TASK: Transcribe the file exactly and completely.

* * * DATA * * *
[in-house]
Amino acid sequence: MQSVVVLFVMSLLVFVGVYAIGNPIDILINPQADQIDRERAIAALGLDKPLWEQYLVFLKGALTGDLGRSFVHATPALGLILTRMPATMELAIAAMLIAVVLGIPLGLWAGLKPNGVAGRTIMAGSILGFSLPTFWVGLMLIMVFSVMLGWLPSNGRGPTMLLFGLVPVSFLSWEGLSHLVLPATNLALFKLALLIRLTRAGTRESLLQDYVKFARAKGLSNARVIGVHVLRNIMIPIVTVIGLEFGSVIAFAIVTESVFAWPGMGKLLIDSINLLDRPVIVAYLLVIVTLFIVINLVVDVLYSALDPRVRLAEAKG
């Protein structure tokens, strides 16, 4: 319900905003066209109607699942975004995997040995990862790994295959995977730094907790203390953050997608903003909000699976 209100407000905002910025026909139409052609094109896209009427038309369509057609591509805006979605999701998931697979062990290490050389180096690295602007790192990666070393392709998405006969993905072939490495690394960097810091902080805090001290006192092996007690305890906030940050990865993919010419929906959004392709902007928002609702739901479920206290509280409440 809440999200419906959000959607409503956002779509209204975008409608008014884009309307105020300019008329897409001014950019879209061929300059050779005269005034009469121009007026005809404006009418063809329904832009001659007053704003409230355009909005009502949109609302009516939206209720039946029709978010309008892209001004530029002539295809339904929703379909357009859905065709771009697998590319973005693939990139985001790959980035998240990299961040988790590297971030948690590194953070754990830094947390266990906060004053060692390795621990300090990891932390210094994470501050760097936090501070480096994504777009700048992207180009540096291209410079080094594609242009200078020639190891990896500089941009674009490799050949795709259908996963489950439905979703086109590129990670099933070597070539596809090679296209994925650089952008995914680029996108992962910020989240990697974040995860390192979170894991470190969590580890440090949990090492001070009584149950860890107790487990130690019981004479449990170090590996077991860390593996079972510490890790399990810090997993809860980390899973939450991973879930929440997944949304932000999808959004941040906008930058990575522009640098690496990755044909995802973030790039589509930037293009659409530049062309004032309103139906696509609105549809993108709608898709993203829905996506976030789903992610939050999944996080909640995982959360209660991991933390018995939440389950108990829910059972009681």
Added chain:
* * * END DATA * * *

[in-house]
Amino acid sequence: MQSVVVLFVMSLLVFVGVYAIGNPIDILINPQADQIDRERAIAALGLDKPLWEQYLVFLKGALTGDLGRSFVHATPALGLILTRMPATMELAIAAMLIAVVLGIPLGLWAGLKPNGVAGRTIMAGSILGFSLPTFWVGLMLIMVFSVMLGWLPSNGRGPTMLLFGLVPVSFLSWEGLSHLVLPATNLALFKLALLIRLTRAGTRESLLQDYVKFARAKGLSNARVIGVHVLRNIMIPIVTVIGLEFGSVIAFAIVTESVFAWPGMGKLLIDSINLLDRPVIVAYLLVIVTLFIVINLVVDVLYSALDPRVRLAEAKG
């Protein structure tokens, strides 16, 4: 319900905003066209109607699942975004995997040995990862790994295959995977730094907790203390953050997608903003909000699976 209100407000905002910025026909139409052609094109896209009427038309369509057609591509805006979605999701998931697979062990290490050389180096690295602007790192990666070393392709998405006969993905072939490495690394960097810091902080805090001290006192092996007690305890906030940050990865993919010419929906959004392709902007928002609702739901479920206290509280409440 809440999200419906959000959607409503956002779509209204975008409608008014884009309307105020300019008329897409001014950019879209061929300059050779005269005034009469121009007026005809404006009418063809329904832009001659007053704003409230355009909005009502949109609302009516939206209720039946029709978010309008892209001004530029002539295809339904929703379909357009859905065709771009697998590319973005693939990139985001790959980035998240990299961040988790590297971030948690590194953070754990830094947390266990906060004053060692390795621990300090990891932390210094994470501050760097936090501070480096994504777009700048992207180009540096291209410079080094594609242009200078020639190891990896500089941009674009490799050949795709259908996963489950439905979703086109590129990670099933070597070539596809090679296209994925650089952008995914680029996108992962910020989240990697974040995860390192979170894991470190969590580890440090949990090492001070009584149950860890107790487990130690019981004479449990170090590996077991860390593996079972510490890790399990810090997993809860980390899973939450991973879930929440997944949304932000999808959004941040906008930058990575522009640098690496990755044909995802973030790039589509930037293009659409530049062309004032309103139906696509609105549809993108709608898709993203829905996506976030789903992610939050999944996080909640995982959360209660991991933390018995939440389950108990829910059972009681």
Added chain: